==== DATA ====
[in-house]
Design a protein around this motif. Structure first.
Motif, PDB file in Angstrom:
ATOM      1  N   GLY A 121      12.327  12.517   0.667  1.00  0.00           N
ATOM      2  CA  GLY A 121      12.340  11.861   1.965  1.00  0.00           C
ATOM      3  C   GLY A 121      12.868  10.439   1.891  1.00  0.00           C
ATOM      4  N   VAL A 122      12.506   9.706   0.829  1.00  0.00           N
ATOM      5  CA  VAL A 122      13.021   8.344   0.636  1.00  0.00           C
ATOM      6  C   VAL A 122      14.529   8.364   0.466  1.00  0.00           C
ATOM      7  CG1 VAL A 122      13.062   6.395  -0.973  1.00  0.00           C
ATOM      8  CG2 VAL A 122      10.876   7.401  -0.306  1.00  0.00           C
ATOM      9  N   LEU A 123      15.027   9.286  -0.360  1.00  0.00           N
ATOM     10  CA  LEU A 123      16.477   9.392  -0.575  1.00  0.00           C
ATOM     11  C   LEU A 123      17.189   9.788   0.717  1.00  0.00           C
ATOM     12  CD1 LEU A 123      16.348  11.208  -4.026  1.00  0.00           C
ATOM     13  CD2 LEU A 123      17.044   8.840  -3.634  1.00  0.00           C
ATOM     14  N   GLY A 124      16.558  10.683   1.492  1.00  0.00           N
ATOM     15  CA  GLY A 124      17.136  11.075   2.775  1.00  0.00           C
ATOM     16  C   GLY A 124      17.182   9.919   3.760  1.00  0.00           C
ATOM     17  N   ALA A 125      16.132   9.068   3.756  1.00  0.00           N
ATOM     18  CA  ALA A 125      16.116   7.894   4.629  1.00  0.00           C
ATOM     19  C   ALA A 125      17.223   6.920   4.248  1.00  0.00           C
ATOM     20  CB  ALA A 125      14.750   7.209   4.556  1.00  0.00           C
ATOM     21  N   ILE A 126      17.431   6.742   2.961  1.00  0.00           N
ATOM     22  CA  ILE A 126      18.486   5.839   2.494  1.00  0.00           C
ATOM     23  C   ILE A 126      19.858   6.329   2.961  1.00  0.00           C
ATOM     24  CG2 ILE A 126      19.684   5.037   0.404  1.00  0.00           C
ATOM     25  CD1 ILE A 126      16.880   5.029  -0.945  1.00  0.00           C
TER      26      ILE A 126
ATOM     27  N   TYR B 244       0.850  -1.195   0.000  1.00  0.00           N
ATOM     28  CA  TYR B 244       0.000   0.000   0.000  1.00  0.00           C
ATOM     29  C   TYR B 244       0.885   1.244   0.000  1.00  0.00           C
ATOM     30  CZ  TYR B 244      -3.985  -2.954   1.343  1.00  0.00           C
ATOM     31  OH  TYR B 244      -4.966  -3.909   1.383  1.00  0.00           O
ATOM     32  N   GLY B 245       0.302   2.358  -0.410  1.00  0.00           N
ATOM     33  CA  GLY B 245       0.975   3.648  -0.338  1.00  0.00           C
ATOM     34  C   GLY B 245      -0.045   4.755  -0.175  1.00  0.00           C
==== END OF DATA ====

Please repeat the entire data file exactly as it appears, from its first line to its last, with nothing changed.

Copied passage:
[in-house]
Design a protein around this motif. Structure first.
Motif, PDB file in Angstrom:
ATOM      1  N   GLY A 121      12.327  12.517   0.667  1.00  0.00           N
ATOM      2  CA  GLY A 121      12.340  11.861   1.965  1.00  0.00           C
ATOM      3  C   GLY A 121      12.868  10.439   1.891  1.00  0.00           C
ATOM      4  N   VAL A 122      12.506   9.706   0.829  1.00  0.00           N
ATOM      5  CA  VAL A 122      13.021   8.344   0.636  1.00  0.00           C
ATOM      6  C   VAL A 122      14.529   8.364   0.466  1.00  0.00           C
ATOM      7  CG1 VAL A 122      13.062   6.395  -0.973  1.00  0.00           C
ATOM      8  CG2 VAL A 122      10.876   7.401  -0.306  1.00  0.00           C
ATOM      9  N   LEU A 123      15.027   9.286  -0.360  1.00  0.00           N
ATOM     10  CA  LEU A 123      16.477   9.392  -0.575  1.00  0.00           C
ATOM     11  C   LEU A 123      17.189   9.788   0.717  1.00  0.00           C
ATOM     12  CD1 LEU A 123      16.348  11.208  -4.026  1.00  0.00           C
ATOM     13  CD2 LEU A 123      17.044   8.840  -3.634  1.00  0.00           C
ATOM     14  N   GLY A 124      16.558  10.683   1.492  1.00  0.00           N
ATOM     15  CA  GLY A 124      17.136  11.075   2.775  1.00  0.00           C
ATOM     16  C   GLY A 124      17.182   9.919   3.760  1.00  0.00           C
ATOM     17  N   ALA A 125      16.132   9.068   3.756  1.00  0.00           N
ATOM     18  CA  ALA A 125      16.116   7.894   4.629  1.00  0.00           C
ATOM     19  C   ALA A 125      17.223   6.920   4.248  1.00  0.00           C
ATOM     20  CB  ALA A 125      14.750   7.209   4.556  1.00  0.00           C
ATOM     21  N   ILE A 126      17.431   6.742   2.961  1.00  0.00           N
ATOM     22  CA  ILE A 126      18.486   5.839   2.494  1.00  0.00           C
ATOM     23  C   ILE A 126      19.858   6.329   2.961  1.00  0.00           C
ATOM     24  CG2 ILE A 126      19.684   5.037   0.404  1.00  0.00           C
ATOM     25  CD1 ILE A 126      16.880   5.029  -0.945  1.00  0.00           C
TER      26      ILE A 126
ATOM     27  N   TYR B 244       0.850  -1.195   0.000  1.00  0.00           N
ATOM     28  CA  TYR B 244       0.000   0.000   0.000  1.00  0.00           C
ATOM     29  C   TYR B 244       0.885   1.244   0.000  1.00  0.00           C
ATOM     30  CZ  TYR B 244      -3.985  -2.954   1.343  1.00  0.00           C
ATOM     31  OH  TYR B 244      -4.966  -3.909   1.383  1.00  0.00           O
ATOM     32  N   GLY B 245       0.302   2.358  -0.410  1.00  0.00           N
ATOM     33  CA  GLY B 245       0.975   3.648  -0.338  1.00  0.00           C
ATOM     34  C   GLY B 245      -0.045   4.755  -0.175  1.00  0.00           C